What the paper does in paragraphs 6-11 is to point out the problems with the earlier studies by Robert Spitzer and by Stanton Jones and Mark Yarhouse that claimed change with regard to people’s sexual orientation was possible and to suggest that we should accept instead the evidence of the Dehlin study of attempts at conversion therapy among the Latter Day Saints (LDS) which reported 0% elimination of same-sex attraction, 3% change in such attraction and a 40% report of harm. This evidence, the paper suggests, provides ‘good prima facie reasons for thinking there is significant potential for harm from conversion therapies’ (paragraph 11).

The problem with this argument is that the paper is misleading in its account of all three papers to which it refers.

If we turn first of all to what the paper says about the Spitzer study of 2003, we find that this is described as ‘the most notable study’ (paragraph 6). No justification is given for this claim (arguably the Jones and Yarhouse paper is actually more notable for the reasons which will be outlined below), but it is rhetorically powerful because it is linked to what is said in the rest of paragraph 6 about Spitzer’s retraction of his paper because of its methodological flaws. What is being implicitly suggested is that if the most notable paper on the subject has been retracted by its author then the case for conversion therapy must be very weak.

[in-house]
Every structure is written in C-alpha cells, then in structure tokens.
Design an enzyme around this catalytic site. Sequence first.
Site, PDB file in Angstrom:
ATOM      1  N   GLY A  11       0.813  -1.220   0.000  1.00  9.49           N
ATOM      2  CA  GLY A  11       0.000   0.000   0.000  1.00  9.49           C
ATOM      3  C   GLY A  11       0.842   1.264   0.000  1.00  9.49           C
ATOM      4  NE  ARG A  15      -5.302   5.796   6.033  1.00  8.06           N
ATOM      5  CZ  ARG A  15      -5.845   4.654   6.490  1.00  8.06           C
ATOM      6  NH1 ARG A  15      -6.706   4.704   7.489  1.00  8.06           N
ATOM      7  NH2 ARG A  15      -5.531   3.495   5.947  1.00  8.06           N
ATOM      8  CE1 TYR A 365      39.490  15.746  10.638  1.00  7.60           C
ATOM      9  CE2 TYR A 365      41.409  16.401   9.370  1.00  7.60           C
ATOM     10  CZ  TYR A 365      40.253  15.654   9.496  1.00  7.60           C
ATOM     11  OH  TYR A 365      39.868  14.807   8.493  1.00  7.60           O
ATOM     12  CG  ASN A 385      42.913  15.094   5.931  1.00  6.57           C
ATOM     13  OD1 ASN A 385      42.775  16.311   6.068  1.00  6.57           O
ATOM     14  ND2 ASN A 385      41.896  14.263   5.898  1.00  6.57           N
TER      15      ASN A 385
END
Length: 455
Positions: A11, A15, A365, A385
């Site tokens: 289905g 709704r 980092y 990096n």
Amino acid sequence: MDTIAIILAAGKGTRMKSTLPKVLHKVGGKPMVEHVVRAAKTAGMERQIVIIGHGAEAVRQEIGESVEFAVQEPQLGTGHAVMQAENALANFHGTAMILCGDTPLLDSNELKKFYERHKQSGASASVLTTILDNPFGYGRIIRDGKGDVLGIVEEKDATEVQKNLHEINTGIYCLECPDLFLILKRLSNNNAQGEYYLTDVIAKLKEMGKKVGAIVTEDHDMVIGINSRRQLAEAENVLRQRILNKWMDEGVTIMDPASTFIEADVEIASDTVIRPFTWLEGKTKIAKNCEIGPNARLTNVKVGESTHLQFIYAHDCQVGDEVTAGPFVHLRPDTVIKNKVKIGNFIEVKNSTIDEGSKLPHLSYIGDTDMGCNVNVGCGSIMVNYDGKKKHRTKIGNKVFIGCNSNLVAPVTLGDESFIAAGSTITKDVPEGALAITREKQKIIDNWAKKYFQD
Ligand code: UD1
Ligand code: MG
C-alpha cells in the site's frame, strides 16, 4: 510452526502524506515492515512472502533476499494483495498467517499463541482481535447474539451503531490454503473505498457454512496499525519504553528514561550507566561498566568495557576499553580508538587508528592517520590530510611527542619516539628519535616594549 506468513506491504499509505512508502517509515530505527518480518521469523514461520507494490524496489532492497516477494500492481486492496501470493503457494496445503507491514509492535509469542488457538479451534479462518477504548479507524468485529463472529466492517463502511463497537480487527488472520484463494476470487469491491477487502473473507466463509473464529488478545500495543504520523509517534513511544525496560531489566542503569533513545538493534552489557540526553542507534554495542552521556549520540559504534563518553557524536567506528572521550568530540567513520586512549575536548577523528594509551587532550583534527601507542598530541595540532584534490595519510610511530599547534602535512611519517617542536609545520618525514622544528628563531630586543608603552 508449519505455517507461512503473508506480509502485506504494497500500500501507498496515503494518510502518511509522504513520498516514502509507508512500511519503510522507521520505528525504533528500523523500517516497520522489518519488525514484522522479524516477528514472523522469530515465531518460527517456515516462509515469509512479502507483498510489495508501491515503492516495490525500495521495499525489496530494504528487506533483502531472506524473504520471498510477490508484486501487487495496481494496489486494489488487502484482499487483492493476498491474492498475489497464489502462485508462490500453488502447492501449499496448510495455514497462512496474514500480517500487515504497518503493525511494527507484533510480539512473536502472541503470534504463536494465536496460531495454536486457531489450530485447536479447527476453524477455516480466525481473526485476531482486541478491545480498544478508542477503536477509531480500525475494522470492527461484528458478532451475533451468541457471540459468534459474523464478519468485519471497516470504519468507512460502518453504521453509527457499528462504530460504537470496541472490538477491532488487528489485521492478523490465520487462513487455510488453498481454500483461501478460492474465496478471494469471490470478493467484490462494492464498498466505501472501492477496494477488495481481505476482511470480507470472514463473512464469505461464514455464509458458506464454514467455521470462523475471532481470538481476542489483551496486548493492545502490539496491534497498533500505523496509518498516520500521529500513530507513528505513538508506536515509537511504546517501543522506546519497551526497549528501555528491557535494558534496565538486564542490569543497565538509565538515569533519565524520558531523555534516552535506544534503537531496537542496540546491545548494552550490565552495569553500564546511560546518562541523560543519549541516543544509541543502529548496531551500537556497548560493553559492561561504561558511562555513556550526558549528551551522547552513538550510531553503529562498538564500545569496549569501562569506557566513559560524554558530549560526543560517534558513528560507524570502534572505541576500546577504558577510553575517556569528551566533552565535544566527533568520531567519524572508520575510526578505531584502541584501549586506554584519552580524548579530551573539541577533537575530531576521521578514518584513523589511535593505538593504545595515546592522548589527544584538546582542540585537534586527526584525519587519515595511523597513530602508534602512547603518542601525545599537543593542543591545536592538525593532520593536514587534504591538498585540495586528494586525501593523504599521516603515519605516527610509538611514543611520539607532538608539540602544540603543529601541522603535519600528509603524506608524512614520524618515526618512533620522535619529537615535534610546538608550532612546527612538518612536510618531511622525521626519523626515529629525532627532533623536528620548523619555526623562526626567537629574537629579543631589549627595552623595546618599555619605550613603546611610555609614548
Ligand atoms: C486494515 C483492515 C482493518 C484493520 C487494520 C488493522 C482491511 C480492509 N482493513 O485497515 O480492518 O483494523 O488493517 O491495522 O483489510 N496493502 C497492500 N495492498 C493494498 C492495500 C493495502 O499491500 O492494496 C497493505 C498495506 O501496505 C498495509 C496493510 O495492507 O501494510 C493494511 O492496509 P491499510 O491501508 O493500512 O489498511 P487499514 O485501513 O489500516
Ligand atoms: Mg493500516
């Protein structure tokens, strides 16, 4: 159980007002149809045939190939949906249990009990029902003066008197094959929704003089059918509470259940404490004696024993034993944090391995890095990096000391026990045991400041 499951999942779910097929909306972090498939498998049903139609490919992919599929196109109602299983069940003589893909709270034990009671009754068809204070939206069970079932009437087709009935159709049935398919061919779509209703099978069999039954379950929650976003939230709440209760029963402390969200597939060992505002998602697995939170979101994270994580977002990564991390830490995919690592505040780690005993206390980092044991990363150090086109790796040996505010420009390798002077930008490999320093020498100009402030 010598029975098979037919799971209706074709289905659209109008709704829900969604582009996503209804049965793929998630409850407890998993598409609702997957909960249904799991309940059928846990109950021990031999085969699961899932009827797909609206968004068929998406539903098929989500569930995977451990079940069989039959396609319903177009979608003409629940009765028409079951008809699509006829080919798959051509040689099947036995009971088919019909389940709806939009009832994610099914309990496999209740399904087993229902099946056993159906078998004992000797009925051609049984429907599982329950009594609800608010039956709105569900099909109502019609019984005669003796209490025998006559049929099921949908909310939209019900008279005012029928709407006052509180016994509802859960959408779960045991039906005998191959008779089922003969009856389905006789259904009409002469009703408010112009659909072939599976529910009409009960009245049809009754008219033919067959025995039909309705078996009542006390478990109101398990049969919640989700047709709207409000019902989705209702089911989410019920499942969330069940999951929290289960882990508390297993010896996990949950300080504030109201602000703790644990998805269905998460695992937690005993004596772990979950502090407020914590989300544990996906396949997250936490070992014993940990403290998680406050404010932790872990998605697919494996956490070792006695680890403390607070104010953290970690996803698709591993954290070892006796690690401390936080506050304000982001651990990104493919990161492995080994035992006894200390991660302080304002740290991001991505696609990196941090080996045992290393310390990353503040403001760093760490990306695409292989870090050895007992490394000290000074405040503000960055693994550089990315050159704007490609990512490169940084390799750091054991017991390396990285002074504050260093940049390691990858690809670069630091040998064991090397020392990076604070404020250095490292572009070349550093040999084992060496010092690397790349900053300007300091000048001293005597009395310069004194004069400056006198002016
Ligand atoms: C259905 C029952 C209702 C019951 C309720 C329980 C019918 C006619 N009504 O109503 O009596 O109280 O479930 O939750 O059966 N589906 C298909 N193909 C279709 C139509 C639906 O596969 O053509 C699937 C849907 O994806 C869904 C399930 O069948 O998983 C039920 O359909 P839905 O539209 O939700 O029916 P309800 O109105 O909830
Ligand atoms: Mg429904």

What the paper does not say is that Spitzer’s retraction of his paper is itself controversial. As Stanton Jones comments, there are two problems with this retraction.

‘It is important to note, first, that Spitzer has apologized for the study but his data remain. There is an enormous difference between changing one’s interpretation of scientific data, even through apology or recantation, and removing the data from the scientific canon by a retraction.

The editor of the Archives of Sexual Behavior, Kenneth Zucker, rightly noted this distinction in an interview with Psychology Today and published Spitzer’s letter under the title ‘Spitzer Reassesses His 2003 Study’ rather than retracting the study. He also made clear that Spitzer’s article underwent multiple rounds of careful, professional peer review, contrary to reports in the New York Times.

Second, the core of Spitzer’s change of heart: his loss of confidence that ‘the participants’ reports of change were credible and not self-deception or outright lying.’ Embellishing Spitzer’s words, the Times reporter Benedict Carey explains that ‘simply asking people whether they have changed is no evidence at all of real change. People lie, to themselves and others. They continually change their stories, to suit their needs and moods.’

Is self-report trustworthy? Much of psychology and medicine is premised on the validity of self-report. We depend on people to tell the truth about their depression, their headaches, their delusions, their nausea. Even some sophisticated brain-imaging studies depend on the validity of people’s self-report about what they are thinking as their brains are being imaged. It would be the foolish physician who forbade patients to speak and only looked for ‘verifiable measures.’